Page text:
Employment Lawyers for Australian Executives

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Call 1300 789 302 to speak
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+61 3 9653 9123

17th June 2022

Call 1300 789 302

17th June 2022

  • Fast Facts
  •     How to avoid the 10 most common mistakes made by executives
  •     Employment Contracts
  •     Redundancy Entitlements
  •     Bonus Plans
  •     Wrongful Termination and the Law of Contract
  •     Restraint of Trade Covenants
  •     Deductibility of Legal Expenses
  •     The Fair Work Act 2009 – Unfair Dismissal and Implications for Executives
  • Emergency Checklists
  •     10 things you need to know if you are facing possible wrongful termination
  •     10 Basic rules to follow if you are confronted with a disciplinary meeting
  • Expatriates - Employment Law Issues
  •     Australian employment law and the Fair Work Act 2009
  •     Negotiating an Expatriate Employment Agreement
  • Employment Contract Review

Australian employment law and the Fair Work Act 2009

The Fair Work Act 2009 was a significant milestone in Australian employment law. It created a “one-stop shop” for matters relating to industrial relations within Australia. The Fair Work Commission (FWC) is a national tribunal charged with the responsibility of dispute resolution.

What are the implications of the Fair Work Act 2009 for employment law in Australia?

From it’s inception, the purpose of the legislation was to create a national workplace relations system for private sector employees.

Key components of the system are the National Employment Standards (NES). In addition, Federal Awards are now simplified.

The NES addresses 10 basic standards such as hours, leave entitlements, public holidays etc.

What are the implications of the FWC for Australian executives?

Although these minimum conditions will apply to even the most senior executives, they should nevertheless be regarded as simply that, i.e. minimum conditions. While these minimums are of assistance to executives, they should by no means be regarded as necessarily appropriate (still less ideal) for those at a middle or senior level. This is particularly so as it relates to notice and severance payments.

In other words, although many employers will no doubt seek to portray that they are offering “Fair Work Conditions”, executives should not forget that they can and should attempt to negotiate terms and conditions that are superior to these terms.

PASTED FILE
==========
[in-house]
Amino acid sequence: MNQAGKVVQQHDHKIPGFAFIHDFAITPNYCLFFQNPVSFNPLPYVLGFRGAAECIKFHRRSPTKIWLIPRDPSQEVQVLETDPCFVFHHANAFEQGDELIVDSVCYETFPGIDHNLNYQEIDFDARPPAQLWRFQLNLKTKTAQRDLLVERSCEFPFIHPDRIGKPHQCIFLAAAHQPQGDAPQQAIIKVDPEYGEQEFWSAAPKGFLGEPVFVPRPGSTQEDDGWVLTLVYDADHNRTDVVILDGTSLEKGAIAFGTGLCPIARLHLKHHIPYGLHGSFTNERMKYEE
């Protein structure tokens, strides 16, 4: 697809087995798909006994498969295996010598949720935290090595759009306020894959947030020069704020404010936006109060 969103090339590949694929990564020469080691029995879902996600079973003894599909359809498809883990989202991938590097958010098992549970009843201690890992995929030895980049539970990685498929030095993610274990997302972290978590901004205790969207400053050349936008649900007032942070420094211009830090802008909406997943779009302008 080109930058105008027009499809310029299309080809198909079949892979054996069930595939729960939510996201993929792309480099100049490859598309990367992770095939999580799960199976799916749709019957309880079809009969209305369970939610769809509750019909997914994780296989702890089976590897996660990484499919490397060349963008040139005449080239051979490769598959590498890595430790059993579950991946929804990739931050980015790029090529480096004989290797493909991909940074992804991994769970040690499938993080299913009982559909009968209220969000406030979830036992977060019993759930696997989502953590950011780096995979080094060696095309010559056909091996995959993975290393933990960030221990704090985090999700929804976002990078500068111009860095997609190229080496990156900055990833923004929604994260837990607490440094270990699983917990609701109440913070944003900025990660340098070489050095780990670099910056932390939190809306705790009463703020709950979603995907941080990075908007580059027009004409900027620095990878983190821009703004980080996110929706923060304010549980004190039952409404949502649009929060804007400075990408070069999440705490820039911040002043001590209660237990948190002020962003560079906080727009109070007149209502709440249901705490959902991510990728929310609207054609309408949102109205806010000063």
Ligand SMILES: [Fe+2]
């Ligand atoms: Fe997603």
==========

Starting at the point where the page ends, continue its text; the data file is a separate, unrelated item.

Similarly, although the FWC will offer an “independent umpire” in dispute resolution, this is unlikely to be of any assistance to executives in resolving significant contractual disputes with their former employers. Australian common-law courts will remain the venue where such issues will be ultimately contested.

The fact remains that middle to senior level executives in Australia need to continue to be creative as well as assertive when it comes to their terms and conditions of employment. This means that they should not be lulled into a false sense of security in the mistaken belief that they have a “safety net” underneath them, and that they no longer need to be concerned about their contract of employment.

This should actually be a cause for celebration because Australian employment law, based as it is on the law of contract, enables private-sector executives in particular to customise their terms and conditions of employment.

This means that the Executive Employment Contract you ultimately sign should be a reflection of the skill and experience that you bring to the table and effectively form the foundation stone upon which your lifestyle and living standards are built.

By considering the material on this website and taking appropriate and timely legal advice, Australian employment law can be used to your advantage to ensure that you are not left exposed in your dealings with your employer.


See also:

Redundancy in Australia

Negotiating an Australian Executive Employment Contract

Checklist for Negotiating an Expatriate Employment Agreement